The Courier News from Blytheville, Arkansas on August 31, 1950 · Page 4
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The Courier News from Blytheville, Arkansas · Page 4

Blytheville, Arkansas
Issue Date:
Thursday, August 31, 1950
Page 4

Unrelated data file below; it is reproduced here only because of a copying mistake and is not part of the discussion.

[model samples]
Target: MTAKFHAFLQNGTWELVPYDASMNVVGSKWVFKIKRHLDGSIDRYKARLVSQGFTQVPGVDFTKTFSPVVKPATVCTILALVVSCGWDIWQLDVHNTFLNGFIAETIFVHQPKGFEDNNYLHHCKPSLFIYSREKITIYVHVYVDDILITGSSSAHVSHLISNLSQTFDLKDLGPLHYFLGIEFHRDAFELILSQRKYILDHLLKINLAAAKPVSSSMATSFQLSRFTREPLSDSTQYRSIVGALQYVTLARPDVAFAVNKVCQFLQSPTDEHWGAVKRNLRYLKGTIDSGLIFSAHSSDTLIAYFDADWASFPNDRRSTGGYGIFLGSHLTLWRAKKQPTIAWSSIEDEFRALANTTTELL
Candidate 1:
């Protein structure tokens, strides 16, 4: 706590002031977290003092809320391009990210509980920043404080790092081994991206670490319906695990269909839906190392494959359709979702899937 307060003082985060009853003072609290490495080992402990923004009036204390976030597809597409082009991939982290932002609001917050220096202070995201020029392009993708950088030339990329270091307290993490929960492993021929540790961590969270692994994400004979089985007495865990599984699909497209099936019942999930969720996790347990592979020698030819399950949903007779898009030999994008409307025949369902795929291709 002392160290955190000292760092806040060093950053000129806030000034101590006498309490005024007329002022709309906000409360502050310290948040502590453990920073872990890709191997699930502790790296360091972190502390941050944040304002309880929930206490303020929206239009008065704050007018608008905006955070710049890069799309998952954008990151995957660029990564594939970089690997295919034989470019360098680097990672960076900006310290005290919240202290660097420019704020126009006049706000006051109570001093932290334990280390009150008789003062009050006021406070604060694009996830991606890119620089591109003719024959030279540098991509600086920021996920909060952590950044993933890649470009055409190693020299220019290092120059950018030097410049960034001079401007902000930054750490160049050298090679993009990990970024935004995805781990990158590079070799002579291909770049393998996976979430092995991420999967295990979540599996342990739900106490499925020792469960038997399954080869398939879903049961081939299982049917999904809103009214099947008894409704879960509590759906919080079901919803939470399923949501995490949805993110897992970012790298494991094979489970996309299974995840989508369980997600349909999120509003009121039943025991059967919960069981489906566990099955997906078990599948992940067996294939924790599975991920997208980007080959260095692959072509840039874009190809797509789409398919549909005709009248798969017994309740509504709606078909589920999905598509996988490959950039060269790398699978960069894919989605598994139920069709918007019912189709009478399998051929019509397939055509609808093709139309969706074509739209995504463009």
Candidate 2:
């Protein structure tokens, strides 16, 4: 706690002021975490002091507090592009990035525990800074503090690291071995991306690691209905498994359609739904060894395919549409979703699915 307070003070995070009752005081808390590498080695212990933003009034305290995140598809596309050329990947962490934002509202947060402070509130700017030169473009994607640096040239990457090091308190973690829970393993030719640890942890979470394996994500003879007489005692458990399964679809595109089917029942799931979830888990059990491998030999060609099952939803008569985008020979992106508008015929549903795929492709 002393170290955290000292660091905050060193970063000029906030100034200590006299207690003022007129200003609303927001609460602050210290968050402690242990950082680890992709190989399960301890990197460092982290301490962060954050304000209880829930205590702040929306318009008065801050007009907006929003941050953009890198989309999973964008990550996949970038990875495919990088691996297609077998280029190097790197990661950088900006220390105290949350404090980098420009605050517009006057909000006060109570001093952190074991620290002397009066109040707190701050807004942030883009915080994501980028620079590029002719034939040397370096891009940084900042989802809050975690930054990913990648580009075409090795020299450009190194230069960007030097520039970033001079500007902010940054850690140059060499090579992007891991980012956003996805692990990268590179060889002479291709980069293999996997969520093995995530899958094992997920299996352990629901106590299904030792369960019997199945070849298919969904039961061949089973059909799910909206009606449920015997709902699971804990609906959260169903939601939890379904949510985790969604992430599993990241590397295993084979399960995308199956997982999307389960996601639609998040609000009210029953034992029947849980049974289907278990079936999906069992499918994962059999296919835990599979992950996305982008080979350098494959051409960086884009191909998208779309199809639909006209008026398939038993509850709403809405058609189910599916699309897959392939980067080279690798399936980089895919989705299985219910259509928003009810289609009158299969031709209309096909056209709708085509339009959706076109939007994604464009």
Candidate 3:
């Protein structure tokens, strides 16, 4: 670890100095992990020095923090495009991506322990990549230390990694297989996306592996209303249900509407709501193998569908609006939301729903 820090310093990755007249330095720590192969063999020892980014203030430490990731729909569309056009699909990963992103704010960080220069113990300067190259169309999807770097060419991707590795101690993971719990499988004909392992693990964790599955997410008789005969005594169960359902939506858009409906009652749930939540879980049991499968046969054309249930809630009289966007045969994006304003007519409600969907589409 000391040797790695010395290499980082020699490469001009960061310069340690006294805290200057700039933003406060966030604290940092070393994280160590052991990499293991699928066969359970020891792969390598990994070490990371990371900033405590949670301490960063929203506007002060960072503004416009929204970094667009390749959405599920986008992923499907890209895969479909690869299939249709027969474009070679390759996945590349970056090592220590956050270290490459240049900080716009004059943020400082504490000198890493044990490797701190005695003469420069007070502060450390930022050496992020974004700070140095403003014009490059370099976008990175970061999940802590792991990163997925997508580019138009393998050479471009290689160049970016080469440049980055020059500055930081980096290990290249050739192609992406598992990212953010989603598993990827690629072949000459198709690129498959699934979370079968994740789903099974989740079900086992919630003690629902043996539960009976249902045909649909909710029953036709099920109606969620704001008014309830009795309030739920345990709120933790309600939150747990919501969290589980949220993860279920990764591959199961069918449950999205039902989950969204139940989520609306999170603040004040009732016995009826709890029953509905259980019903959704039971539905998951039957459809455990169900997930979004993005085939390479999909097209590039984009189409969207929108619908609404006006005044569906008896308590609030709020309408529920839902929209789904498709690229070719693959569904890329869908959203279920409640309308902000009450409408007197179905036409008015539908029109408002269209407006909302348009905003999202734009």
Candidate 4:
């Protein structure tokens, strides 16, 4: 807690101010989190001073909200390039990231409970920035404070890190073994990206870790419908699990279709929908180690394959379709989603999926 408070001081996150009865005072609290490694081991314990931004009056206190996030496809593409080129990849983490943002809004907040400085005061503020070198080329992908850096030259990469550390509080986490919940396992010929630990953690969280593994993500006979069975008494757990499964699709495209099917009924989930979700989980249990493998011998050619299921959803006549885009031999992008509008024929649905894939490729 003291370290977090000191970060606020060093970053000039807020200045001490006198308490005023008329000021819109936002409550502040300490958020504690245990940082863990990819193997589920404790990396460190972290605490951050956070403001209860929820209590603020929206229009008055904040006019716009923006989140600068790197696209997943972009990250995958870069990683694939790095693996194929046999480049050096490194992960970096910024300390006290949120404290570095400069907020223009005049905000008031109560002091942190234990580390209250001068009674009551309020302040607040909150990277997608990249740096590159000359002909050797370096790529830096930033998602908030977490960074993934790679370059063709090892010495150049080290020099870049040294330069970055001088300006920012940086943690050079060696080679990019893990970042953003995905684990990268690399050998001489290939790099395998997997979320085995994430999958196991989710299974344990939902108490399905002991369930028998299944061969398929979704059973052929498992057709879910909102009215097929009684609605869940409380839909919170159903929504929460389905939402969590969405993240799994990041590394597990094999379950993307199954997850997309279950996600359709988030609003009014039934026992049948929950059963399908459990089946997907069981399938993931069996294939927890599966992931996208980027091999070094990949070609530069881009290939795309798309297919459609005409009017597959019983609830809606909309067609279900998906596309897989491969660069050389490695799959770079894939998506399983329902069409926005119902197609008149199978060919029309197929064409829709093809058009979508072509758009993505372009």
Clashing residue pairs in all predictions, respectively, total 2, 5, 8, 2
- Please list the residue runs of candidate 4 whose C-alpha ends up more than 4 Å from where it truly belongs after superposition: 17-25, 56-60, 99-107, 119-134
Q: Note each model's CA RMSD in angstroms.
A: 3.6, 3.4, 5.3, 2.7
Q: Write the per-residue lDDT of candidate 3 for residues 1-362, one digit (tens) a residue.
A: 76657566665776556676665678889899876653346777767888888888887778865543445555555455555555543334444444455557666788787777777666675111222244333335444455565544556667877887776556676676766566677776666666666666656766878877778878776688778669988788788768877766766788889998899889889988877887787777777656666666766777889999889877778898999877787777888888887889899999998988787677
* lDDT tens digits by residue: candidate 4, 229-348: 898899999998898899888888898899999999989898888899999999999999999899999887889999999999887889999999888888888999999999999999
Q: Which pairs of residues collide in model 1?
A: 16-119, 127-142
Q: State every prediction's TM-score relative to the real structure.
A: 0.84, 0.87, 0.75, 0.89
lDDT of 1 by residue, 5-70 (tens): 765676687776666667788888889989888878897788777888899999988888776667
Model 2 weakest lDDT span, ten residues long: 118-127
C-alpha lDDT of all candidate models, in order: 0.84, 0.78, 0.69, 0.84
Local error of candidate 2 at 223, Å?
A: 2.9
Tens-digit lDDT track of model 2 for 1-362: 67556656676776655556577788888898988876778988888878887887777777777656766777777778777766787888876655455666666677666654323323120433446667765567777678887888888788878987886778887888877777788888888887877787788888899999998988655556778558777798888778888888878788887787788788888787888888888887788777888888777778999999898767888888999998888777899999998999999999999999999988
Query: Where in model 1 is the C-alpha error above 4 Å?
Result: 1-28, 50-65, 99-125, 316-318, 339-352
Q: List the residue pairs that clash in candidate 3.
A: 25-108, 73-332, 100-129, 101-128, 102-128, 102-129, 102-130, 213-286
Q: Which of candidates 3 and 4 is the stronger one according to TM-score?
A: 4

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^THURSDAY, AUGUST 31, 1050 Malik's Term as UN Group Head Ends KlttUr D»*v»*.____ J~ t ' '. ; •• • ' BLYTHEVTLLE,, (ATtK.) COURIER NEWS PAGE SEVEN New Propaganda Blasts Expected In Final Round Bjr STANLEY JOHNSON LAKE sucgpss, Aug. 31. w Jakob A, Malflc's month as president of the United Nations Secur- Ivy. Council ends today. the (1 days of August the an delegate has used tlie pres- icy to hamstring council con- •iderntloii of the Korean war and explode propaganda blasts agnlnst the United States and the other Western democracies. Observers expect him to (ire his biggest gun at today's session (2 p.m. EST) but don't know what ne'll use (or ammunition. They are sure, however, that Malik will not turn over the chair to Britain's suave Sir Gladwyn Jebb, September president, without one finil propaganda barrnge. Malik has Indicated he will continue to attend council meetings alter his presidency "ends. But informed quarters point out that, his freedom to obstruct council business will be,c"r»-iled with a Westerner In the chair. Two Hems for Agenda The Russian yesterday asked tVmt two new items—"unceasing terror- Ism nnd mass executions in Greece," and Red Chinese (targes of American bombings in Manchuria — be puL on the agenda. Malik, as council president, is expected to give the floor to Malik, the Soviet delegate, for an elaboration of these charges at today's meeting. The ensuing wrangling probably will keep the council again from Betting down to business on the resolution it Is ostensibly dlscussing- •fcAmerlcan motion aimed at lo ^Bilng the Korean war. Malik's move to have the council discuss the situation in" Greece, where the government suppressed a; four-year Communist-led rebellion last year, took diplomats by surprise. Greek 1916 Question The Greek situation was first taken up by the council In London In 1946. It was dropped In 1947 and handed over to the general assembly, where It has been on the agenda every year since. The Manchurian complaint, how- •ver, had been anticipated In connection with Red China's previous charges of U. S. aggression li, Formosa which the council voted Tuesday to put on the agenda. The U. S. had been so sure Malik would refer to the charges of American bombings in Manchuria that It circulated a letter Tuesday denying any knowledge of such bombing* and saying It would welcome a U. N.. on-the-spot Investigation. Council Consideration Council consideration of the charges became almost .inevitable l||l. night when the Communist Pei- flrfe radio broadcast specific nccu- Mtloni of a raid by American fighter planes on Manchuria which allegedly took place Tuesday. The broadcast included an appeal for U N action and said a cable to that effect had been sent to Malik It was unlikely, however that the council majority would permit either of the two new proposed items to be discussed at length before it acts further on the Korean problem Jebb takes over as president Friday. The council then can move ahead faster than while Malik was at its head, but probably not as fast us It did while the Russian boycotted the body's meetings. Clothes Reported Stolen from Car A Seattle. Wash., traveling salesman reported to cif.y Police this morning that clothing valued at between »IM and $150 was stolen fjpn his car which was parked near Hotel Noble last night. A. I. Ellsworth, whose home is in Seattle but who is employed as a salesman by a Kansas City, Mo. firm, told officers that the clothing was taken while his car was parked on Walnut Street near the hotel. City policeman Pred Hodge. *ho with Officer Tom Menley Is Investigating the theft, said (he thief u-ed some sort of an instrument to Pry a ventilator window open. VIOLIN-MAKERS AT WORK _ Herman A. Weaver. 61, a violin-maker since he was K, confers with his son, Marion, on a neck pattern in their workshop al Washington, l>. C, anada's Rail Strike Ends; Trains Roll OTTAWA, Aug. 31. (AP)-Cnn- ida's trains rolled and telegraph ines clicked again today, ending a line-day nationwide strike. Tde first such general tie-up in he nation's history was called off >y union leaders last night Just 19 minutes after a special government "lack-to-work bill became law It :alled for the strike to end In 48 hours. The vanguard of. the 124,000 strik- rs responded promptly to the lack-to-work call broadcast by >tiike leaders Frank H. Hall and A. . Mosher. Roundhouses stirred ith activity. Locomotives were flr- d, Switches and signals were injected. Wire communications reopened. Canadian national and Canadian "acific railway officials indicated t would be 24 hours before opera- lions were normal. Ha.ll and Masher told union mem- >cre they had won "distinct gams" 2 Arkansans Die in Action In Korean War WASHINGTON, Aug. 31. (O>) __ Names of two more Arkansans who were killed In action in Korea, and another who is missing In action, were announced today by the Defense Department. . The latest casualty list also Included the names of three wounded Arkansas soldiers. Arkansans on the list, all Army personnel, were: Killed In Action Sgt. Marvin, M. Dodson, son of Mrs. Lottie E. Dodson, Route 1, Box 346, Benton. - • • Pvt. Cecil C. Edwards, son' of Mrs Rena Marie Edwards, 105 Akin st Hot Snrfcg.'., Wounded Cpl. Eddie M. Brooks, son of Mrs. Nellit Brooks, Route 1, Delight. Cpl. That! C. Murphy, 'Jr., son jf Mrs. Hnzel Murphy, Route 1 Magnolia Pfc. Willie C. Peoples, son of Mrs Leona Williams, Route Four Box 618, Little Rock. Missing in Action Pfc. Boyd E. Tucker, son of Mr.- Ethel E. Tucker, 1505 Malvern Ave Hot Springs. • • . Smallpox Vaccinations Urged for Children Starting to School Parents of children starting to school for the first time were urged today by Mrs. Annabel Pill, county health nurse, to have their children vaccinated for small pox soon. County schools have been Instructed to enforce strictly the state law that requires vaccination for beginners. j Parents should take their chil- dfcli to the 'family"doctor or call 'at the County Health Unit" on Mondays, Wednesday , mornings and Saturday mornings, Mrs. Fill said Another requirement" for begin- ers is a birth certificate. Applications for birth certificates Hre available at the Unit Building, Mrs Pill said." Ethiopia Takes European DP's ADDIS ABADA (/?') — New homes and a new life in -Ethiopia await 171 displaced persons, Including wives and children, in International Refugee Organization camps in the American. British and French »ne of Germany. Displaced persons willing to accept resettlement in Ethiopia were offered three-year contracts foi permanent settlement. Agrlcultura workers were offered land and gov eminent subsidies for setting themselves up in farming. Professiona and skilled workers were offeree salaries ranging downward from $275 monthly. Of those chosen, 37 are agricul tural workers. The rest represent various professions and skills, from doctors, engineers and architects to House Passes Allotment Bill for Dependents Of U.S. Servicemen .WASHINGTON, Aug. 31. (l?)—i compromise, bill to provide for allotments to dependents of servicemen was passed by the'House b; voice vote today and sent to the Senate. It provides for allotments- ranglni from $85 to $165 monthly to tarn Hies of servicemen-who are not of ficers. . This includes -.deduction ranging from $40 to $30 from tin serviceman's 'monthly paycheck The government puts up the bal ance. The total cost to the federal government between Aug. 1 of this year and June 30'of next year has been estimated at (300,000.000. Arkansas Gazette Sued LITTLE ROCK. Aug. 31. (S>) Eight striking circulation depar ment employes"of the Arkansas G: zette 'today filed suit In federa court here seeking J33.311 as over time pay and damages. The complaint charges the ml worked 57 hours a week and n. celved pay for only 47 hours' durin various periods between 19M 1S49. Train Derailed LAMPASAS. Tex., Aug. 31. (AP —Between 2S and 30 persons wer Three Arkansans JOHNSON Die in Accidents were Mrs. nurse, and Two Killed at Rail Crossing; Officer Electrocuted By Th« AuacUted Prtsa Two women weer killed In a rail crossing accident and a man died In a three-car highway crash In A.'k- ansas Wednesday. Another min was electrocuted accidentally. The women victims Prances Jarnlgan, 30, i ,, u .^, „„„ Miss Ruth Taylor, 28, both of Plg- gott. Their automobile,' driven by Miss Taylor, collided with A Cotton Belt freight Iraln at a Piggott rossing as they were on their home from Piggott hospital, where both were employed. E. p. McCord, about 45 fit B Dorado, wo s killed when th« »uto- ibile in whcih he was riding was ivolved in a three-automobile plle- P oa Highway 19, three miles )Uth of Magnolia. Six other persons were Injured ome severely but none aparently ritlcally. North Little Rock Police Cap* larold W. Hunter, 47. was electrocuted accldently while using an el- tmcu acclnenuy wnlle n the emergency-approved leglsla- ectric drill In making repairs under mil f/W.nn,t IV»-rx,,r,V, 'n n,-.l» _I-,A.I L , ,_ _ __ fi * <-l«"la U1IUC1 . forced through a no»-srop session of the House of Commons. Korean Loudspeaker War Cnds in Tie; Game' Ends 0-0 WITH U.S. 25TH DIVISION. Korea, Aug. 31. (ay— Some one in American headquarters decided it would be clever : to put a loudspeaker in front of the North Korean lines and urge the Reds to surrender. Somebody in North Korean headquarters thought It would be clever to place a loudspeaker before U.S. lines and tell the Amerlcans-to go home. Both loudspeakers opened up si multaneously last night, about ; mile apart. The score: 0-0. Nobody surrendered. Nobody went home. WAR _.„, „.„.,...^.o „,„, HIUUH.CVW iu reported injured early today in th officers mechanics, plumbers and brlcklay- derailment of a SanU Pe passenger sudden (Continued from p*ge fanlry Division repulsed enemy attempts to cross the Naktong River Outside of Waegwan, 12 miles northwest of Taegu, U. S. 1st Cavalry Division troops in small number missed capturing a 1,700-foot hill by 200 feet. They were repulset by a small force of entrenched Reds All was quiet on the extreme southern front.- A patrol of the America;! 25th Infantry Division move'd 5,000 yards, : ,,better than two miles, behind Communist lines north of Haman without drawing a shot Haman Is 10 miles northwest of Ma snn, south coast port 27 airline mite., west of Pusan, main Allied seapor on the southeastern Korean coast. "Batik Mountain" Lull Even disputed "Battle Mountain i that area, which • has changed hands eight times in two weeks, wa quiet. North of Taegu 20.000 North Ko reans were stalled In a dflve on tha central front railhead. South Ko rean troops held firm before con certed enemy thrusts. On the other hand the building o United Nations manpower increafi ed slowly. A small Australian In fantry contingent was flown into Japan on its way to Korea Thurs day. British troops, who arrivec Tuesday, moved toward the front lines. . Units from Thailand and thi Philippines were expected in Korei shortly and others from France ant Belgium were promised soon. General MacArthur's headquarter! officers were frankly nuzzled bv --•-•- lull In II- - ' bloody Pohang and other points. Arkansas Highway Contracts All Set Until Next January LIJTTLE ROCK. Aug. 31. W)— Major Arkansas highway construe- j tion already has been committed for this year, and there'll be no more big . contract lettlngs until next January. Governor McMnth. In making' "VJ statement yesterday, said any j additional sizeable contracts let; this year won't be started until. |95l. and that jobs which the! IRjriway commission hnd phnnpd I but which will be crowded out this : year will have fi rs t priority In- planning for next year. McMath said only uncommitted funds left for the department this year are for maintenance and these will have to be watched closely." Housework Easy Without NaggingBackache A» we (ret older, «tr«s anil slrain, ovcr- •MrtToTi, excessive *molclnp or exposure to cold ji&metlmea alowa Hown kidney lime- Uon..ThiJ m»y lead Many folks to complain of n»(TKing backuchc, InM of pep *m raeriry. h«*<ueh« »nd dizziness. Gcttini lip nirnti or Irequtnt ptaira^cs miiy resull from minor fchiMer trritntions due lo eo)d, 4«mpn*«s or dietary indiscretion*. If your d!ecOTnfort« arc doc to Ititse C«LM«<, (*on*t wmil, try Do*n*o Pii!s, « mild ow W T«H- Whll* ihm irmpto'm.i m»y ottn oth*rwW O«OT, tt'a unufnc how Announcing Our ils home. He,.was round' dead by Mrs. Hunter when she sought to iiinunon him to the telephone, lunter was the oldest member of he North Little Rock force In Joint of service, having served since (Continued from Page 1) pinch-penny methods." Taurlello marked (he em-elope containing his letter to Johnson "personal ana confidential." The Buffalo courier Express, however, in the Congrcsman's home town, published excerpts from It last Sun- flay. Johnson in his reply defended his administration of the military establishment, quoting liberally from Congressional leaders, Mr, Truman and Gen. Douglas MacArUnir. Johnson told Taurlello thai Mr. Truman possesses "the good American quality of common sense In an outstanding degree," and is "fully capable of sneaking (or himself" as to whether Johnson's continua- tion In office embarasses him. Statement Called "Brash" Taurlello had died us a "brash" statement one by Johnson that should an aggressor strike st 4 o'clock In the morning the U.S. would be ready to begin retaliation at 5 o'clock. Johnson replied that the statement was "completely factual." He noted he had been speaking of the ability of the air force to counter a strategic bombing attack. Johnson told Taurlello that during the period of what the Congressman had criticized as penny- pinching administration, the actual combat strength of the armed forces had increased. Replying to Tnurieilo's charge that the outbreak of war In Korea "found us totally and completely unprepared." Johnson quoted the President's July 19 message to Congress lhat "• and material lo slow down th« forces of aggression, bring those forces to a halt, and throw them back." Manila-LeachYille CAP Unit Plans Pie Supper A pie supper sponsored by lh« Manlia-Leachville squadron of th« Civil Air Patrol will be given Friday night in the Manila High School gymnasium, Johnnie Bearden, unit commander announced this morning. The program will be highlighted by a pie-eating contest. Pies are to be provided by the women, Mr. Bearden said. .- Sixlmon and "It will take time, men vitamin D. mackerel contain Manila to Name Pie Eating Champ Manila will name a champion pie- cater tomorrow. The Civil Air Patrol squarlron of Xfanila and Leaohville will sponsor the event, Commander Johnnie Bearden announced today. ~, The contest, Mr. Bearden stated, will be held In the Manila gymnasium and proceeds will go to bolster the CAP activities fund. "The public is Invited and especially Indies who'll bring pies," 2ir. Bearden said. Negro Girl Completes 4-H Canning Project Rose Mary Bradford, 16-year-oid Nep,ro girl of Burdette, has completed 4-H Club canning project of 1W quarts of foods, It was announcr ed today. Rose Mary, who did the work as a 4-H Club member, has been a club member for seven years. Livestock NATIONAL STOCKYARDS, 111, Aug. 31. lift— (U3DA)— Hogs 1.000: slow; barrows and gilts 50 to 75 lower than average Wednesday; sows 75 to !.OD lower; bulk good and choice 200-250 IDS 24.00-35; extreme top 24.50 for one load; heavier weights scarce; 180-190 Ibs mostly 23.50-24.00; 160-170 Ibs 21.2523.25; 110-140 Ibs 17.25-20.25; good and choice sows 400 Ibs down 20.5021.50; few 21.75; good 410-500 Ibs 19.25-20.25; heavier sows 17.00-18.50; stags 12.50-15.00; boars 8.00-11.50. Caaie 2,000; calves 900; 'little more than half dozen loads of steers on sale, these mostly, medium with a few low good; heifers and mixed yearlings also in relatively low supply with about 30 pe cent of receipts cows; opening trade slow on steers; few .heifer: and mixed yearlings steady with good heifers up to 30.00; cows drag gy 'and weak. tmllti' <rf klan.y tulSTi WMt*. G«t DWR » F d fitter. today Saturday, Sept. 2nd Faught's Studio Now Located at 114 South Broadway We've completed our moving project! Now you may en joy « truly modern photographic studio. A studio for you . . . with th« latest equipment to give you pictures you'll appreciate. We're proud of our new home and invite you to come in Saturday. You're sure to agree that we have the finest studio in Blytheville. Faught's Studio tWK BUY ONE ROLL AT THE REGULAR PRICE PAY ONLY U FOR THI SECOND ROLL For instance, you con now buy 2 rolls of 27c paper for 58< or 7 rolls of 33c pop*r For 3<c. . . . Qon't min thi* greet lolel Toko advantage o4 (hex tremendous saving*. Sales Closes Sept. 6 Ktmp 109 E. M*ln Phone 4469 1 ClfARANCE! Scores of Outstanding Storewide Values! PIECE GOODS Plaid and check gingliams, solid shantung, Jr. Butcher I,inen, Solid and striped chambrays, 36 to 39 indie* wide. Sanforized and fast colors... Values to 79c, yd. Ladies Blouses Cottons and rayons.. .Sizes 32 (o 38 ... Assorted colors and styles... Values to fl.98. $1.00 ^mmmm^^ Children's Dresses Cotton.. .Assorted lots in sizes 5 to 12. ..Washable, sanforized, fas)-col-' or prints. . .Values to $1.98. . .Only 39 dresses left at just $1.27 ^•^^^M Mens Dress Shirts Odd lots, hut included are nationally advertised shirts at $2.05. . .Sizes I'i'/z to 16 only.. .Assorted colors including white. ..Guaranteed sanfor- ized. 1.47 Ladies Dresses Cotton. . . Hroken lots and sizes. Washable and sanforized.. .Values lo $2.98...While 42 last. $1.27 MMHH^ Boys Polo Shirts Short Sleeve I'olo.. .Sizes 4 to 14. .. Solids and fancy prints.. .Values to 79c; they're a thrifty '- ; 55c ^^^MM Printed Tablecloths Fast-color tablecloths in the popular strawberry design. at $1.29, they're square and just .Regularly priced full 52 inches 79c Children! and Ladies Anklets Solid colors in while, pink, blue and green. Sizes 8 lo 10'/i only. Values lo 25c. IQc Ladies Rayon Panties Ladies Rayon knit panties.. .Regularly priced at 25c. . .White, I'ink, blue and maize. . .Elastic waist, band legs. . . Large sizes only. 18c V/e Take SMALLER PROFITS You Get BETTER VALUES Black & White Store 305 W. Main BlyHievilU